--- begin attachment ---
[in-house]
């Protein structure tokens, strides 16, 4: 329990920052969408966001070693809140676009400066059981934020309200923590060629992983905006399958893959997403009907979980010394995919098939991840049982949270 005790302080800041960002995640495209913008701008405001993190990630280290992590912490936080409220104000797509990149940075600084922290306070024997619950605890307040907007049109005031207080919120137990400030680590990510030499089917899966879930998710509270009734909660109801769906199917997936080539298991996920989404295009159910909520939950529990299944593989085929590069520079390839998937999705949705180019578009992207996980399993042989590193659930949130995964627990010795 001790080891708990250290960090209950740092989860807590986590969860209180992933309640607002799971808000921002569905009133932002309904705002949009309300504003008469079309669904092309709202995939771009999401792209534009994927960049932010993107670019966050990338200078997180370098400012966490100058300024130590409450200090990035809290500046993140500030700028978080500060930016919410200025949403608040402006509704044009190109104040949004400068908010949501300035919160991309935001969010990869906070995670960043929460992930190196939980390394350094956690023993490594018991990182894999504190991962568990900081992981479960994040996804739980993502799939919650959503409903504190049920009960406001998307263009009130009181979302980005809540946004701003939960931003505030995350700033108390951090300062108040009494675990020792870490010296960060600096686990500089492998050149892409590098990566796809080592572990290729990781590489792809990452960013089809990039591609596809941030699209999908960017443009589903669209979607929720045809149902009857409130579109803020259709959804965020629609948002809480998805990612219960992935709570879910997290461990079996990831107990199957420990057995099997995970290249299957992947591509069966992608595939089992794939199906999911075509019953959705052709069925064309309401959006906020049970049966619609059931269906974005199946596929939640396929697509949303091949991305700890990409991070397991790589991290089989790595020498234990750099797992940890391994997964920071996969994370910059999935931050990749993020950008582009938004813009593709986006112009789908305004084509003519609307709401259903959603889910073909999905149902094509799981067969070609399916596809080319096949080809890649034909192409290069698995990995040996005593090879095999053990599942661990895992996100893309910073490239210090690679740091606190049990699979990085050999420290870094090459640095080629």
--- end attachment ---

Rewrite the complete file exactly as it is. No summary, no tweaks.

[in-house]
């Protein structure tokens, strides 16, 4: 329990920052969408966001070693809140676009400066059981934020309200923590060629992983905006399958893959997403009907979980010394995919098939991840049982949270 005790302080800041960002995640495209913008701008405001993190990630280290992590912490936080409220104000797509990149940075600084922290306070024997619950605890307040907007049109005031207080919120137990400030680590990510030499089917899966879930998710509270009734909660109801769906199917997936080539298991996920989404295009159910909520939950529990299944593989085929590069520079390839998937999705949705180019578009992207996980399993042989590193659930949130995964627990010795 001790080891708990250290960090209950740092989860807590986590969860209180992933309640607002799971808000921002569905009133932002309904705002949009309300504003008469079309669904092309709202995939771009999401792209534009994927960049932010993107670019966050990338200078997180370098400012966490100058300024130590409450200090990035809290500046993140500030700028978080500060930016919410200025949403608040402006509704044009190109104040949004400068908010949501300035919160991309935001969010990869906070995670960043929460992930190196939980390394350094956690023993490594018991990182894999504190991962568990900081992981479960994040996804739980993502799939919650959503409903504190049920009960406001998307263009009130009181979302980005809540946004701003939960931003505030995350700033108390951090300062108040009494675990020792870490010296960060600096686990500089492998050149892409590098990566796809080592572990290729990781590489792809990452960013089809990039591609596809941030699209999908960017443009589903669209979607929720045809149902009857409130579109803020259709959804965020629609948002809480998805990612219960992935709570879910997290461990079996990831107990199957420990057995099997995970290249299957992947591509069966992608595939089992794939199906999911075509019953959705052709069925064309309401959006906020049970049966619609059931269906974005199946596929939640396929697509949303091949991305700890990409991070397991790589991290089989790595020498234990750099797992940890391994997964920071996969994370910059999935931050990749993020950008582009938004813009593709986006112009789908305004084509003519609307709401259903959603889910073909999905149902094509799981067969070609399916596809080319096949080809890649034909192409290069698995990995040996005593090879095999053990599942661990895992996100893309910073490239210090690679740091606190049990699979990085050999420290870094090459640095080629």